little guy hits hard, I like it better than the sheet metal machines like the Sahliner.

                    The dies are hard enough, though. I was forging with it today, and it does the job.

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                    • #11
                      Originally posted by Ries
                      Mine is a two piece 88lb machine- which is beefier than a one piece 88lb er.
                      What's the one-piece/two piece refer to? This is the Anyang 33 we have, which I thought Will said was a 33 lb ram? Ours has a pyramid base that's 1/4" plate filled with concrete. This picture shows a square base:



                      It's definitely a lot more controllable for little stuff, but it takes awhile for the air compressor to warm up, and it leaks a lot of oil It obviously doesn't hit anywhere nearly as hard as the Sahinler.

                      We have a Sayha that's Will's favorite (110 lb ram), but he won't let us run it until we take the power hammer class, which is always full
                      Last edited by lazlo; 09-23-2010, 04:54 PM.
                      "Twenty years from now you will be more disappointed by the things that you didn't do than by the ones you did."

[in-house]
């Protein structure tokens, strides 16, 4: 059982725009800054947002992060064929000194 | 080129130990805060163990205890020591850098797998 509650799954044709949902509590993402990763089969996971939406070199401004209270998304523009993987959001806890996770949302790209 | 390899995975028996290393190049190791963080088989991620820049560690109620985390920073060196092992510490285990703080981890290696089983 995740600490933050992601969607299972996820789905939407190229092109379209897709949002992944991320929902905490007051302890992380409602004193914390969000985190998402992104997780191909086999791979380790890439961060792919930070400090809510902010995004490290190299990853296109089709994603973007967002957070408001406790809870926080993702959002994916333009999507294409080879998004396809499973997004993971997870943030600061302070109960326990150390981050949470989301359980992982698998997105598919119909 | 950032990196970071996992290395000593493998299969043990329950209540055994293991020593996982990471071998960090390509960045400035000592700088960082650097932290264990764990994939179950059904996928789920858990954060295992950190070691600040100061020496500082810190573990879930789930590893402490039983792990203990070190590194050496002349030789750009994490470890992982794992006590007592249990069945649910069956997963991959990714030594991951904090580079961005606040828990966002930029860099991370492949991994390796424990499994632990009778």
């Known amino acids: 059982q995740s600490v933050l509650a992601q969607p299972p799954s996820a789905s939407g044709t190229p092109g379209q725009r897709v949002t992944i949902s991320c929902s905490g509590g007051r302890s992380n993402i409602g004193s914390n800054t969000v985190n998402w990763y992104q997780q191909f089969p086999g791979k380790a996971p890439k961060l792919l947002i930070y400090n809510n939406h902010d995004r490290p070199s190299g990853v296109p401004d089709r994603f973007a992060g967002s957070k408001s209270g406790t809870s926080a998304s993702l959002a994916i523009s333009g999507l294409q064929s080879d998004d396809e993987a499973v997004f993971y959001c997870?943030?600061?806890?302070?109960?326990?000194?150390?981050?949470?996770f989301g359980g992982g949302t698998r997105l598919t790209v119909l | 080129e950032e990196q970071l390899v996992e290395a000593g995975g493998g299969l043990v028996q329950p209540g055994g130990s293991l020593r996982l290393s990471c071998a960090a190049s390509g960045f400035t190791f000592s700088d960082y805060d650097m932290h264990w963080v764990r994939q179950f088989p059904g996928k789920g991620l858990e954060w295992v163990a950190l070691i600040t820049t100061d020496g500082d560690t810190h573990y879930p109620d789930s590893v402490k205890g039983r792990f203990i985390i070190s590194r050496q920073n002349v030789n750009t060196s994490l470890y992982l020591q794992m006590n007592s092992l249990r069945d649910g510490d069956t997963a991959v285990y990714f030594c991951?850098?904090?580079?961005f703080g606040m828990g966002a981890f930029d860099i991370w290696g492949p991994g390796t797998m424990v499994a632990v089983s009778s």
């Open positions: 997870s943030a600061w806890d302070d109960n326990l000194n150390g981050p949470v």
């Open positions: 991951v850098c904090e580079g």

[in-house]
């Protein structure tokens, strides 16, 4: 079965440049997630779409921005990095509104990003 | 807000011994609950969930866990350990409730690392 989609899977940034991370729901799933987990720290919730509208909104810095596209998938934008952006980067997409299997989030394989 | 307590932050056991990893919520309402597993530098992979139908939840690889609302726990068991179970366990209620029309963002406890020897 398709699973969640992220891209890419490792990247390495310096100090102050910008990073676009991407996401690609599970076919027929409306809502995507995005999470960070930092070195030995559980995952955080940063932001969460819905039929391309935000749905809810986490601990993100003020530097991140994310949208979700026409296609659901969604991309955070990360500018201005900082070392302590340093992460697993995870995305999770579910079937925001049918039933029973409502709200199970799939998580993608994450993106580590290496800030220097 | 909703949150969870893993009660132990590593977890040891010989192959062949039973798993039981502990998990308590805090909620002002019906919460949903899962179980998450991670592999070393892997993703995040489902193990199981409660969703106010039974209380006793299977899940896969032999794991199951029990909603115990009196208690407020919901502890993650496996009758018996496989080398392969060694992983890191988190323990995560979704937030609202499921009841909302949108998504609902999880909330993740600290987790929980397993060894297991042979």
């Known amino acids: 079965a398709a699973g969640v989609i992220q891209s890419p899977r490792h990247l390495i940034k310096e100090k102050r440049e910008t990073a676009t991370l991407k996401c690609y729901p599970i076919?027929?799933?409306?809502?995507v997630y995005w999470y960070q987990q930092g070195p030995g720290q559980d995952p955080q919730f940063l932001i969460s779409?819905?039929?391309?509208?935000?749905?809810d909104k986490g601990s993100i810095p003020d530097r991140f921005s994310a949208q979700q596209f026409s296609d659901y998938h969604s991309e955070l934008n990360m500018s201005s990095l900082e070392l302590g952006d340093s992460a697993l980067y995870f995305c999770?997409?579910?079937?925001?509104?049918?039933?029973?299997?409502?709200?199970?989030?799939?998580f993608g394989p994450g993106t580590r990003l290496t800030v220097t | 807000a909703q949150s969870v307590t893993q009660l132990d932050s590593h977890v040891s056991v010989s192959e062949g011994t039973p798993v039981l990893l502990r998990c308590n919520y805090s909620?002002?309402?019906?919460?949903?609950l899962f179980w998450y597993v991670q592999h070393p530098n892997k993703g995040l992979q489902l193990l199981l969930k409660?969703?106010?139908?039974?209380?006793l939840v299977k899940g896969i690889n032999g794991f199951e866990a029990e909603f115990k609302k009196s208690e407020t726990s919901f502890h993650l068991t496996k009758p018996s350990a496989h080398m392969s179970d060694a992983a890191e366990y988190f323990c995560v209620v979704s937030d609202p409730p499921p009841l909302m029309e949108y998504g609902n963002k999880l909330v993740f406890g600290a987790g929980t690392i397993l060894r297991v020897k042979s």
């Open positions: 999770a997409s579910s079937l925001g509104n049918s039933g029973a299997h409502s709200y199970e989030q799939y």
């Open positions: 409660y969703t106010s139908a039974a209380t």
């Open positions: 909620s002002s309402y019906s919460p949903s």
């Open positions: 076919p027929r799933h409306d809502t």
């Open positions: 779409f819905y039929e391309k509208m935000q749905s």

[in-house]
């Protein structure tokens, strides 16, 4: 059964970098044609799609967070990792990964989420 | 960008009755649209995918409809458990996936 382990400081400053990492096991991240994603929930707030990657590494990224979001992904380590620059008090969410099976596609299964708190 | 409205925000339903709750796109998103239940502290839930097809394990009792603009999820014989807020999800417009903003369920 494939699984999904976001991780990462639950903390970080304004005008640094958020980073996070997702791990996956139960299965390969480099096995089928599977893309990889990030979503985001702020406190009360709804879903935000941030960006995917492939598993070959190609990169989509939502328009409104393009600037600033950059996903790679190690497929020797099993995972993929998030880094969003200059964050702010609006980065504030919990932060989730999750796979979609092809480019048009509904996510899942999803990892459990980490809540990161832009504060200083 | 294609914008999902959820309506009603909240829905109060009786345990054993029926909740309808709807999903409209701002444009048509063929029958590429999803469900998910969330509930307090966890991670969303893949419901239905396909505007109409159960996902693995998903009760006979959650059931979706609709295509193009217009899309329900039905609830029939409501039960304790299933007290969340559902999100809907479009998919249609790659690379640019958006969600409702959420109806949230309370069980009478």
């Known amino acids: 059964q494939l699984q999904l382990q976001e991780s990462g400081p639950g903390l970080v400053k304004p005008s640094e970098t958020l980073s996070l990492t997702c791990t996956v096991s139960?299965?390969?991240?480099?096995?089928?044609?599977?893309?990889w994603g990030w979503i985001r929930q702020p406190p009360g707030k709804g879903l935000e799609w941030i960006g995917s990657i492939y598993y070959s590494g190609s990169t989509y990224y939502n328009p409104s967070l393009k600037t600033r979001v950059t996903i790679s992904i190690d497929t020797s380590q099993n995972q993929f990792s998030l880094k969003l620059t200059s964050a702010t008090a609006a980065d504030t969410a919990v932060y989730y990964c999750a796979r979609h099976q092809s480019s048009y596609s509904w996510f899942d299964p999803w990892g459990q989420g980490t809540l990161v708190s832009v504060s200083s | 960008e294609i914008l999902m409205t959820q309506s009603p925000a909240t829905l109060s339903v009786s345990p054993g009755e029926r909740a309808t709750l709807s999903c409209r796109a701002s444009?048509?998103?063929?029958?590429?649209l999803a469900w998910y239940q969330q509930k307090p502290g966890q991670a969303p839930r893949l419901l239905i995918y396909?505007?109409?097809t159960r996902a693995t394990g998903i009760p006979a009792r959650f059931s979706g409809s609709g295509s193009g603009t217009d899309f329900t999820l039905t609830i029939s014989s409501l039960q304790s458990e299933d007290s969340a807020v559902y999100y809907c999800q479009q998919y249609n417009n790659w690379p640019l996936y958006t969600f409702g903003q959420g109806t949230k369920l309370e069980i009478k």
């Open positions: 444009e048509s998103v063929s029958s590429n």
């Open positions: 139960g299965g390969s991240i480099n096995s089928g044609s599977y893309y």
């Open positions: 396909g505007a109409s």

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                      • #12
                        A two piece hammer has a separate anvil, which is installed first, then the hammer is dropped over the anvil and bolted down.
                        It allows the anvil to conduct the blows to the ground, rather than thru the frame of the hammer.
                        Usually two piece hammers are 150lbs and above, but a few two piece 88lb hammers were imported by Stryker, even though they were Anyangs.

                        Bigger hammers are sometimes 3 piece- I had a friend (well, several friends, actually, the hammer was sold a few times) who had a 750 lb chambersburg. The anvil was a bit over 10,000lbs, as I remember, and the hammer itself another 15,000lbs plus, and the hammer came apart into two pieces for shipping- BIG BOLTS.

                        Here is the chinese anyang website-

                        2 piece hammers-
                        http://www.chinesehammers.com/pneuma...-hammer.html#2

                        and 1 piece hammers-